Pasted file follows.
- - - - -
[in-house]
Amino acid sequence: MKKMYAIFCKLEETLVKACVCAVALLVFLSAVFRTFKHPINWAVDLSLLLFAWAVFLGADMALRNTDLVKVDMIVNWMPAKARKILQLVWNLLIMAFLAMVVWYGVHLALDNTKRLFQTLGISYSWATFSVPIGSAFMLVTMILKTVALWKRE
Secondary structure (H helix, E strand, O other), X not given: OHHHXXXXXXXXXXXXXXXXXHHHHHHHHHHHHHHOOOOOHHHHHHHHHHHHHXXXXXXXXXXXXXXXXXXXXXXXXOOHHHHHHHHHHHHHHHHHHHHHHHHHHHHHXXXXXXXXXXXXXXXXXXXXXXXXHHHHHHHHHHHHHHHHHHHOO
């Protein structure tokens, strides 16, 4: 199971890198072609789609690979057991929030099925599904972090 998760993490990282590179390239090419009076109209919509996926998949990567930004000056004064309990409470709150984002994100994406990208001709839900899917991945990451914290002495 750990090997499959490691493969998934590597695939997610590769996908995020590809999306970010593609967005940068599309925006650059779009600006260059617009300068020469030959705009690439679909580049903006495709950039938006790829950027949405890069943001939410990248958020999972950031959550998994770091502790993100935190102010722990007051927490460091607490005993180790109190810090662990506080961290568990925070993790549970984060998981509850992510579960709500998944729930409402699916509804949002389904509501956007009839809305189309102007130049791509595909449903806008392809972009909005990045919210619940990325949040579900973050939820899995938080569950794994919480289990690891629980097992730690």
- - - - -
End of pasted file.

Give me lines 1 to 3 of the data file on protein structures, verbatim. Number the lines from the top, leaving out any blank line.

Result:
[in-house]
Amino acid sequence: MKKMYAIFCKLEETLVKACVCAVALLVFLSAVFRTFKHPINWAVDLSLLLFAWAVFLGADMALRNTDLVKVDMIVNWMPAKARKILQLVWNLLIMAFLAMVVWYGVHLALDNTKRLFQTLGISYSWATFSVPIGSAFMLVTMILKTVALWKRE
Secondary structure (H helix, E strand, O other), X not given: OHHHXXXXXXXXXXXXXXXXXHHHHHHHHHHHHHHOOOOOHHHHHHHHHHHHHXXXXXXXXXXXXXXXXXXXXXXXXOOHHHHHHHHHHHHHHHHHHHHHHHHHHHHHXXXXXXXXXXXXXXXXXXXXXXXXHHHHHHHHHHHHHHHHHHHOO